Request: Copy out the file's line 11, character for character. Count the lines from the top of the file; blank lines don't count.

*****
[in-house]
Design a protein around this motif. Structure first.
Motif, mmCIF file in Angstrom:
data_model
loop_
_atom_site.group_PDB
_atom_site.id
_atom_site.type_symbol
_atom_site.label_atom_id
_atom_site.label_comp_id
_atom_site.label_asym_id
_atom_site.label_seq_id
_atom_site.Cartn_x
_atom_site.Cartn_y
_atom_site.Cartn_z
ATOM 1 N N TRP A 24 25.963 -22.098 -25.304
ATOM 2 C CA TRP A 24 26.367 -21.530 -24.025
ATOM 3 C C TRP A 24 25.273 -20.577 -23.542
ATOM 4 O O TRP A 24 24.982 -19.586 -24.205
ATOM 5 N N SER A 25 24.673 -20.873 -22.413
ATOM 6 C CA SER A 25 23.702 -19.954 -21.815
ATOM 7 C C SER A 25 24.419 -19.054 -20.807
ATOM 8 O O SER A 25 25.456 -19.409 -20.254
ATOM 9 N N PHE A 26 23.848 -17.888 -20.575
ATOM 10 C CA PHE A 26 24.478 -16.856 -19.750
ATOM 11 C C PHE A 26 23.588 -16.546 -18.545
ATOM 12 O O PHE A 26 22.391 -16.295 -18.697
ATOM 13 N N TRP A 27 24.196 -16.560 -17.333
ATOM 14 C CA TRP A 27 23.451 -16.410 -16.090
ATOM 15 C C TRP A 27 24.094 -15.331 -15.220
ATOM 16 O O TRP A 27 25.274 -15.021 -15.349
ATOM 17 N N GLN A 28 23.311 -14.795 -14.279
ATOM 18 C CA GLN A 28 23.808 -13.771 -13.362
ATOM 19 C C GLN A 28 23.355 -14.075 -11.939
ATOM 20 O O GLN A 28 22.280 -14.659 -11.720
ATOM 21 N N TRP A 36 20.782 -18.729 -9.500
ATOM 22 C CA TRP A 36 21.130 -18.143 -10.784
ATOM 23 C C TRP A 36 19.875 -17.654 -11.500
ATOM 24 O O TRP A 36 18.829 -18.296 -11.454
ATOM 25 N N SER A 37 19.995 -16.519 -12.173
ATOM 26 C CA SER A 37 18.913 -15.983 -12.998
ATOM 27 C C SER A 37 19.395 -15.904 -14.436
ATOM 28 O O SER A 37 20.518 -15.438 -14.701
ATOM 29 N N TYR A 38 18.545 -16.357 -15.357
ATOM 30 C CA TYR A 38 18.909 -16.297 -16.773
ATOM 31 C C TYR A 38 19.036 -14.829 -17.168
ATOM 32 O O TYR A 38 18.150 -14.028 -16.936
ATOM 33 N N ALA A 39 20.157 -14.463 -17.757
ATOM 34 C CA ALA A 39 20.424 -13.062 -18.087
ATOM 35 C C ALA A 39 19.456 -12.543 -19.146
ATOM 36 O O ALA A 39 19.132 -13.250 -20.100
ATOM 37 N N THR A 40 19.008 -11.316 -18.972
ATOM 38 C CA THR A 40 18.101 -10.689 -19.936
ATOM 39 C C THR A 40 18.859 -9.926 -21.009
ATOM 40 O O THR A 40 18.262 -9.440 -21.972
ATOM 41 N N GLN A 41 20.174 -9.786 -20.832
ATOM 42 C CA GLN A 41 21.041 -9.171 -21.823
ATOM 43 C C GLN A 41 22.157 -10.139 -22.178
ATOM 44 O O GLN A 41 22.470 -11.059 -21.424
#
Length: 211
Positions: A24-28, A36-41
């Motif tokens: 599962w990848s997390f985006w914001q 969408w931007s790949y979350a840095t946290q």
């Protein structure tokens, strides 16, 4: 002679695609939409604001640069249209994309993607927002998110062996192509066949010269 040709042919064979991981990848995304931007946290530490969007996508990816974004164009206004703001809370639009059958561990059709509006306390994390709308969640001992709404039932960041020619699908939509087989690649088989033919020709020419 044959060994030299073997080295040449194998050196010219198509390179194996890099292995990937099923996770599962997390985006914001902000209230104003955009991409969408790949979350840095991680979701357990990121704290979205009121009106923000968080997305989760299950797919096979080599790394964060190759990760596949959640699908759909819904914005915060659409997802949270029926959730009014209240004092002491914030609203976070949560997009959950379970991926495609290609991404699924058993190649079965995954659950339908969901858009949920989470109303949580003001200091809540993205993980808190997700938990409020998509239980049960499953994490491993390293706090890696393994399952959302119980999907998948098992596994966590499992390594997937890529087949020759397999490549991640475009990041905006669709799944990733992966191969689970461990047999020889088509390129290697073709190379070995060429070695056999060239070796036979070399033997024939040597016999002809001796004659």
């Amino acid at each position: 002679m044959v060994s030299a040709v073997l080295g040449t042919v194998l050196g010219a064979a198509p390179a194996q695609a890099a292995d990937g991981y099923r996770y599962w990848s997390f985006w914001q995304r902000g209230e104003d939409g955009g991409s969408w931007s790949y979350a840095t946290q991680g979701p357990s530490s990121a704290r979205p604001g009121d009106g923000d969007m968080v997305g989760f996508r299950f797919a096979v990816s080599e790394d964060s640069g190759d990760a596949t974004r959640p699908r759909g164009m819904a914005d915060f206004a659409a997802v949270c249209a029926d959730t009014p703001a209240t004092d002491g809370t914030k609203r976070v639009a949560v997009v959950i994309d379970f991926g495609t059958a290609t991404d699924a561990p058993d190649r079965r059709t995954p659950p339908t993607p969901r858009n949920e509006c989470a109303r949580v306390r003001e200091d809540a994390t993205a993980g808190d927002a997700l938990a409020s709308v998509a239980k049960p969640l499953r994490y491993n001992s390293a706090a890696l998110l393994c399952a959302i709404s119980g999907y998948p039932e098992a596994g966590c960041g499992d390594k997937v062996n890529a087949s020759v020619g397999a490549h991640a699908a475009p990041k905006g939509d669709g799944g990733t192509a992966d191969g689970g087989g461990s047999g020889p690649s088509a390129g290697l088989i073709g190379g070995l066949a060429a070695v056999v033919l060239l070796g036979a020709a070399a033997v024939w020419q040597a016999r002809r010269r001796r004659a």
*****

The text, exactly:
_atom_site.label_asym_id